Jump to content
Customer Service 866.965.0400
  • 0

Why is this taking so long? Help!


Brews02ws6
 Share

Question

Well, I thought I was almost done polishing my 2002 white Trans Am. It's garaged, so I've been working a few hours each over the last several weekends. I thought I had good results on my first test section (the front bumper) using the orange pad and polish with the Porter Cable. I ended up switching to blue pad and polish to get a few deeps scratches out and it really made them look better, if not completely removed. Somewhere along the way I moved to the microfiber pad with blue compound and I was seeing good results.

 

I'm not going for perfection here and the car looks great. However, tonight I had the light in a different position to start on the finishing polish and now I see tons of light scratches that I was unable to see before. They're not horrible and very hard to find, but it's really disappointing considering how much work I've done. I used several flashlights to try and locate these areas before moving on. I also have LED lights overhead and a shop light I've moved all around. No idea how I'm just finding all this.

 

Sorry I think I'm just ranting now. How do I achieve more cut? And do you think this is happening because it's the first correction on paint from 2001? I used every combo of heavy and light pressure, with very slow to medium speed movement. The polisher was on 5 most of the time, at least twice per section. I then moved it down to 3 for finishing passes with the blue or orange compounds. There's been no issue with dust forming and the polish is flashing nicely before I wipe it off with double soft towels. I've also washed the pads after each use so the polish doesn't dry on them over night.

 

For reference, I've tried to follow the junkman process, the videos here, or other methods some people outline in this forum. I'm not combining processes, just trying them at different times to see if results changed.

Link to comment
Share on other sites

12 answers to this question

Recommended Posts

  • 0

from the heavy correcting compound did you finish it off with a finishing polish and white foam pad? Usually the microfiber pad and heavy correcting compound is not going to leave a perfect finish, its only going to grind down to even out the already heavy scratches you have. After the heavy scratches seem to disappear, then you need to give it a pass with the regular orange correcting compound and orange foam pad. This will again start minimizing your scratches. The final pass would be the finishing polish and a white foam pad. This should then give you near perfect results, if not perfect. 

Link to comment
Share on other sites

  • 0

Ok that might help explain it. I did not go back with orange before moving to finishing polish. I thought I read it wasn't necessary...but I don't think my paint is very forgiving. I will try the orange on several areas before moving on tomorrow. Thanks for the feedback!

Link to comment
Share on other sites

  • 0

I sure am. The worst of it looks great. I scraped the nose on some brick entering my garage (don't ask!) and it left lots of grey scuffs. Looking good now, but will still have it painted at some point.

Pics when it's done!

I would highlight on make sure you are finishing with the correcting polish or finishing polish because the compound is for cutting, not finishing. Remember 3-5 pounds pressure in a cross hatch pattern.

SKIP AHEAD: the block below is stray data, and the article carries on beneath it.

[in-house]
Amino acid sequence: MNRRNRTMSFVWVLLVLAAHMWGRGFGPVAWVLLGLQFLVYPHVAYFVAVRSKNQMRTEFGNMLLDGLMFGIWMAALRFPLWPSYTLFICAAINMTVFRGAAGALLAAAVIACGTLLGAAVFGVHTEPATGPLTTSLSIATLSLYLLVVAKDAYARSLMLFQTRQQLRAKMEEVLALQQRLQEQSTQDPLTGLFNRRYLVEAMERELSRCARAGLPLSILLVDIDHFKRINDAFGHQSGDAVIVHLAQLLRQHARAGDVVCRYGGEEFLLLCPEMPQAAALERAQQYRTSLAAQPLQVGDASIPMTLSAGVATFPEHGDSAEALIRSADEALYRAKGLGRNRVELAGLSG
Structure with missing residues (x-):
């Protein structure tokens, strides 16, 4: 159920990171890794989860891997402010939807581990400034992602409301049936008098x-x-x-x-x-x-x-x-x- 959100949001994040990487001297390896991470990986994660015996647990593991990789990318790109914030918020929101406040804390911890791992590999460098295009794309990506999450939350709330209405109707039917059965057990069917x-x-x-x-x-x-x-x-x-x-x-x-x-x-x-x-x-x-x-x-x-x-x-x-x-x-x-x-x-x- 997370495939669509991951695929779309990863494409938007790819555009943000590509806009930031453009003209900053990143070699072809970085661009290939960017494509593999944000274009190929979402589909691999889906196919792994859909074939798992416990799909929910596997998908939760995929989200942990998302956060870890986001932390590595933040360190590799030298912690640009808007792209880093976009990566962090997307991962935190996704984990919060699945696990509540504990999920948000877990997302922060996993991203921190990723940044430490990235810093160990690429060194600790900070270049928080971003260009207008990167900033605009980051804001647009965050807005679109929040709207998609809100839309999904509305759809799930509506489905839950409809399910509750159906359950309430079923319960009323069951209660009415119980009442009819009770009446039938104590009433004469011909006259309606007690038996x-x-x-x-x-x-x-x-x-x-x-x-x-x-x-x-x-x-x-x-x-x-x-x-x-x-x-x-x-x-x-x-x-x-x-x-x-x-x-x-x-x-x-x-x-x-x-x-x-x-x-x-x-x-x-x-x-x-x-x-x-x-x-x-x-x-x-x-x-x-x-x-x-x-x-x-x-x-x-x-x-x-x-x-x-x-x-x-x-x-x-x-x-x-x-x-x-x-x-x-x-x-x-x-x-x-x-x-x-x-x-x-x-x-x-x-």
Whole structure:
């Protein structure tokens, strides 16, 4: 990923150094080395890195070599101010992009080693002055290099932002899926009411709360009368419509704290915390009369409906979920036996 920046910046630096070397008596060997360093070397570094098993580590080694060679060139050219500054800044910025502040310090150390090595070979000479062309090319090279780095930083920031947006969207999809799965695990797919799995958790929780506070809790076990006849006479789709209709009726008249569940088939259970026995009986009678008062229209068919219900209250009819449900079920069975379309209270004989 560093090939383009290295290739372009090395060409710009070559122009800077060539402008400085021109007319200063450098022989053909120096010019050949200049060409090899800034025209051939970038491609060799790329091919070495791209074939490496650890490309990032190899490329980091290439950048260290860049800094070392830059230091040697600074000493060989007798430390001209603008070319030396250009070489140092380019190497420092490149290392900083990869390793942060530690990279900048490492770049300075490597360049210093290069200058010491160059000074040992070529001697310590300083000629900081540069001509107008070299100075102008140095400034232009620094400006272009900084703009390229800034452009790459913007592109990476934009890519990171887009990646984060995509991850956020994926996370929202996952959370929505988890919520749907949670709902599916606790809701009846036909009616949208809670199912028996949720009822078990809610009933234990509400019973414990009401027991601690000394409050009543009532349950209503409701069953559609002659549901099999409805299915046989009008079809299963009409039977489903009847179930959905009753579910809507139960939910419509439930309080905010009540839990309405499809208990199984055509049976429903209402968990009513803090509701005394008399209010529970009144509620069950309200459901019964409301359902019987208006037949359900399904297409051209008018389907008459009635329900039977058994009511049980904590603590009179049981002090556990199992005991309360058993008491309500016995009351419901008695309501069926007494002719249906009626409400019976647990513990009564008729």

Try looking at the car with the light at a 45* angle.

Link to comment
Share on other sites

  • 0

The paint on our cars is pretty hard. Someone from Adams told me once that some cars would need, heavy compound with the blue pad or MF pad and then followed by the orange pad and correction polish. The correction polish and orange pad after the blue pad and heavy compound will get you the results you're looking . The Correction polish finishes down extremely well even on black. So with your white car I think you'd be totally satisfied and wouldn't need the extra step of the white pad and finishing polish. Just my opinion though.

Link to comment
Share on other sites

  • 0

Hard paint - takes a lot to correct

RIDS - show up more when you remove the lighter ones

Micro-marring  - you don't want to work backwards.  don't put scratches in while your taking them out. 

 

 

All seem like they could be happening here.

 

work a test section dial in the right combinations and use that as your guide. also you want to be consistent it what pads/product your using.  If you can't remember what you used with what and where take some pictures or journal it.

 

Speaking of pictures they would probably help out to better determine the issue you are having.

Link to comment
Share on other sites

  • 0

As others have suggested, tape off a 2 ft. x 2 ft. area and perfect that first.  And if you are not getting results, take a video of your process and post that us for us to pick apart...I mean critique!

Link to comment
Share on other sites

  • 0

I had 16 hours into my TBSS, and 20 hours into my friends TBSS. Took me 4 hours on the hood alone to bring it back when I prepped it to be coated.

I also have 12-14 hours into a little Pontiac Solstice and it's still not perfect but it was good enough for it being a daily summer driver car.

Link to comment
Share on other sites

Join the conversation

You can post now and register later. If you have an account, sign in now to post with your account.

Guest
Answer this question...

×   Pasted as rich text.   Paste as plain text instead

  Only 75 emoji are allowed.

×   Your link has been automatically embedded.   Display as a link instead

×   Your previous content has been restored.   Clear editor

×   You cannot paste images directly. Upload or insert images from URL.

 Share

×
×
  • Create New...